That translates, the journal says, to automatically washing hands (action) after using the toilet (contextual cue) or putting on a seatbelt (action) after getting into the car (contextual cue). The problem now is that the contextual cue for almost all the new Covid-19-related habits we have acquired—had rammed down our throats—is that most fundamental condition of human community: being around other people. And in the next few months as the lockdown lifts, we are going to be around crowds of more people—the contextual cue—while needing not to react with the new habits that being around people have become associated with.
Breaking our new Covid-19-forged habits can be done; but it will require focus and will power
The challenge is compounded by the nefarious effect that the stamp of approval from authority figures can have on human behaviour and habits. The so-called Milgram experiments were a series of social psychology tests conducted by Yale University psychologist Stanley Milgram in 1961 that measured the willingness of study participants—men from a diverse range of occupations with varying levels of education—to obey an authority figure who instructed them to perform acts conflicting with their personal conscience. Participants were led to believe they were assisting an experiment investigating the relationship between memory and learning, specifically what effect punishment could have on a subject’s ability to memorise content, in which they were told to administer electric shocks to the “learner” by the person in charge of the experiment. These fake electric shocks gradually increased to levels that could have been fatal had they been real. The experiment illustrated that a very high proportion of participants would fully obey the instructions, even ignoring any reservations they had.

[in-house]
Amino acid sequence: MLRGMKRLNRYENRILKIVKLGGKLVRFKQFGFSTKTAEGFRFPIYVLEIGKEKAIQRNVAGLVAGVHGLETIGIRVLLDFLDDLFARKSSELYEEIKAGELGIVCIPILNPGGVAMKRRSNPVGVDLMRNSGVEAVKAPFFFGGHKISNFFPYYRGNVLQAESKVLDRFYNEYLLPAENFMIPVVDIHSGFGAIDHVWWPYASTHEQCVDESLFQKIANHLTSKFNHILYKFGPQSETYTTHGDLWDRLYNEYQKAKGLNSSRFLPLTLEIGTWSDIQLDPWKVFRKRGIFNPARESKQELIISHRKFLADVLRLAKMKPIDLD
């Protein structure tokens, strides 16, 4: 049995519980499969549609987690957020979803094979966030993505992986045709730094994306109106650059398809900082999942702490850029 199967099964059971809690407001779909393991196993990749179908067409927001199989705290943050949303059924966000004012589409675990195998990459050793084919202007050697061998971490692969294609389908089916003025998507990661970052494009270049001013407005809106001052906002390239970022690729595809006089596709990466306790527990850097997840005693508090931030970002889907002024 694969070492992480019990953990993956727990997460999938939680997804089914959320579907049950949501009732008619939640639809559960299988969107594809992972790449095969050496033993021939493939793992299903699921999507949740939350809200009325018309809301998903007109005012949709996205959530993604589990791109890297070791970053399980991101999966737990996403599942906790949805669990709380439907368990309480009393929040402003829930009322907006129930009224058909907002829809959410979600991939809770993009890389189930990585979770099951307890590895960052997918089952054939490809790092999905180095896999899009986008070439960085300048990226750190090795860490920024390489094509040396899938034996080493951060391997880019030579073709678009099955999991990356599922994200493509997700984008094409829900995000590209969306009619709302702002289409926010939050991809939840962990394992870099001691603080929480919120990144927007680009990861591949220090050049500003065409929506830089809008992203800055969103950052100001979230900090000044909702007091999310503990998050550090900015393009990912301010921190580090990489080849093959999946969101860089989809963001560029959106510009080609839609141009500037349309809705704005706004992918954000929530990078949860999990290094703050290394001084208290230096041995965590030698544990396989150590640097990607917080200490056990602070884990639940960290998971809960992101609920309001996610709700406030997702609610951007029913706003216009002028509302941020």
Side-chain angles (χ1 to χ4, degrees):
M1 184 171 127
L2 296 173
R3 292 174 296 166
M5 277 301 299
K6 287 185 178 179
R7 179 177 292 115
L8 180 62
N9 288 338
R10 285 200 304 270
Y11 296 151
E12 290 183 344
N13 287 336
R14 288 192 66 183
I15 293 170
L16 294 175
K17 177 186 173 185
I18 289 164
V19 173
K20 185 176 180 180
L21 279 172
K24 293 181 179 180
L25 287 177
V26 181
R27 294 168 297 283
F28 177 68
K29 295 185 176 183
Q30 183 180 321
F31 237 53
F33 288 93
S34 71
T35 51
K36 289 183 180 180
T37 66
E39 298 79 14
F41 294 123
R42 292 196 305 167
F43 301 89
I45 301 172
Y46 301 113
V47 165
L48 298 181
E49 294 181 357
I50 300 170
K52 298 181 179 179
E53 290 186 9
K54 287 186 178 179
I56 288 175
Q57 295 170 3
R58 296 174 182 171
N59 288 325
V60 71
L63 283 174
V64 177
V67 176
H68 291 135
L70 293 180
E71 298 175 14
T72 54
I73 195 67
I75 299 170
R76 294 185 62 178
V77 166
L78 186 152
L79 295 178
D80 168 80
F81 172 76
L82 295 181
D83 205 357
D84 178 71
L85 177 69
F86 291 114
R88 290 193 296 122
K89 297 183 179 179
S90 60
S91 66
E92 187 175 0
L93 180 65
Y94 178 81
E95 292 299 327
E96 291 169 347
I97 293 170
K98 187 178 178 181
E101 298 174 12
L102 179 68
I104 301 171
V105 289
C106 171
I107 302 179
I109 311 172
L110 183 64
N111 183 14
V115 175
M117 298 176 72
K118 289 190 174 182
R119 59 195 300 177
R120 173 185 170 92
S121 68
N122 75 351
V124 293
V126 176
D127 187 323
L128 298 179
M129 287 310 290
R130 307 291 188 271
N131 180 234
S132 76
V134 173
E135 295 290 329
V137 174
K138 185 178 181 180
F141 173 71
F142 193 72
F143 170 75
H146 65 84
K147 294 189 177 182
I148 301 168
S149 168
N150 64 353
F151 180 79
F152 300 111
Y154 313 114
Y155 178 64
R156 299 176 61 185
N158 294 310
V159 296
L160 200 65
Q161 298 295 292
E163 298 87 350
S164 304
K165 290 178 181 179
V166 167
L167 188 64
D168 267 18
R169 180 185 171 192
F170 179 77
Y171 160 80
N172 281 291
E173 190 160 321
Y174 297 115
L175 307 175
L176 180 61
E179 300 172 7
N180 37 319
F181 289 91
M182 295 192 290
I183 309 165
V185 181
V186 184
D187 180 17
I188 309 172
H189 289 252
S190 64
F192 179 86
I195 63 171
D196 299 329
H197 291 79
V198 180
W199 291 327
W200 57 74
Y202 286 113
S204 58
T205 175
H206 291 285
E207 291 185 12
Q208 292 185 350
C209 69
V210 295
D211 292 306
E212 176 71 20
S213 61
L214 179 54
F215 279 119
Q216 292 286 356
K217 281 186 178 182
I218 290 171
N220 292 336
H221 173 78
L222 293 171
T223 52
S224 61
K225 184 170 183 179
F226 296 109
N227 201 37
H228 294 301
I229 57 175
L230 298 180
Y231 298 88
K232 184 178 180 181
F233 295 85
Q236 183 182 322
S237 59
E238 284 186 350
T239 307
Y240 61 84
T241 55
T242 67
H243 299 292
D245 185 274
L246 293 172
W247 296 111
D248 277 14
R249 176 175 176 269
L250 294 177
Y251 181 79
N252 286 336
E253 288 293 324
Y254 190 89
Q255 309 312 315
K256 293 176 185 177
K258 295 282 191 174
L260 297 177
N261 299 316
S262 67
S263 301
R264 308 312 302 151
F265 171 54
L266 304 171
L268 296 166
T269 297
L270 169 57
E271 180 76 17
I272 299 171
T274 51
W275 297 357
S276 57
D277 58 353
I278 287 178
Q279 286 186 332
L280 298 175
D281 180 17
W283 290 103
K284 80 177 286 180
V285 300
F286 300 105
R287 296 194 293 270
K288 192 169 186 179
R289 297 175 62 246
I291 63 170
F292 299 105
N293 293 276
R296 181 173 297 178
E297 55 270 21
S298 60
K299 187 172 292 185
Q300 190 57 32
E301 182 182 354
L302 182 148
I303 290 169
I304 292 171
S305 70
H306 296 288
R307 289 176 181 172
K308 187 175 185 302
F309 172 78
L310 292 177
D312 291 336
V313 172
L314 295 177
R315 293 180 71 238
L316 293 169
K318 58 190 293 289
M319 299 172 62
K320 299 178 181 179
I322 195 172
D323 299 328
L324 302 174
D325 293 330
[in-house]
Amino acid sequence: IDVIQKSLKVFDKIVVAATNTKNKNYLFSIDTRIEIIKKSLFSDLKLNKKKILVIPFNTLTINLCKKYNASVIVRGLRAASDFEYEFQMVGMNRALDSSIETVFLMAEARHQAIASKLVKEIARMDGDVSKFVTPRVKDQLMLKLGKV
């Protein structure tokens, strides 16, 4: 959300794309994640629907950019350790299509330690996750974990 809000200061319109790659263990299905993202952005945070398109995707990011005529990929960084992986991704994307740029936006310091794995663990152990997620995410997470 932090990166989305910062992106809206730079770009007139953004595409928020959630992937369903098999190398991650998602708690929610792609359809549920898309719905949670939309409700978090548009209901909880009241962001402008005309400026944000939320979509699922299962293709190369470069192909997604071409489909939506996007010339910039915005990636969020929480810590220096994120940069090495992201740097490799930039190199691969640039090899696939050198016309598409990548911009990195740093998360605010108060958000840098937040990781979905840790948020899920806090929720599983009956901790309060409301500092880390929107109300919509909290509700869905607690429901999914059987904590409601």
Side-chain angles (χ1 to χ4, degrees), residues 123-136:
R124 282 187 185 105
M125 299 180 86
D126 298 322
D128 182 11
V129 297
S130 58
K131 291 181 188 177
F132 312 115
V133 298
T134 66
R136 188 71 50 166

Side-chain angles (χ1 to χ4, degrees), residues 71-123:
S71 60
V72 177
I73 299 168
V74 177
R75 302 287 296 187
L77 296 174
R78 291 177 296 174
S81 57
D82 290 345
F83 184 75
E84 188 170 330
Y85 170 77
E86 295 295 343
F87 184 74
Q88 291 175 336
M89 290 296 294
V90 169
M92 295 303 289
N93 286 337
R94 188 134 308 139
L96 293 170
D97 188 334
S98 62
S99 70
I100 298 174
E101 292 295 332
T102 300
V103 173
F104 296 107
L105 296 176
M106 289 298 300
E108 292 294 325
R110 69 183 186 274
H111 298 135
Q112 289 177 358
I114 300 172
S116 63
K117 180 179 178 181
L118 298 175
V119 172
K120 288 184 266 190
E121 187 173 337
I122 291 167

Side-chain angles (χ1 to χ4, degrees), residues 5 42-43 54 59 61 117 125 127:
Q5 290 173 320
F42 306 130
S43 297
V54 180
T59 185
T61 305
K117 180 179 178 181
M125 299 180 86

The experiments were conducted in the wake of the trial of the Nazi war criminal Adolf Eichmann in Jerusalem. Milgram was spurred in his psychological investigation to explain the psychology of genocide and the possibility that Eichmann and everyone else involved in facilitating the Holocaust were just following orders from above. Repeated many times around the globe, the experiment has generated a fairly consistent, and unsettling, result.
Of course, breaking our new Covid-19-forged habits can be done. But, as with relinquishing any habit, it will be hard and require focus and will power. And the exercise of will power hasn’t had a great run of form lately as society en masse has, in line with the Milgram experiments, conformed and fallen in line with every proclamation issued by the government and its behavioural scientists, those learned overseers who have used our habit-forming proclivities against us, especially when it comes to the likes of mask wearing.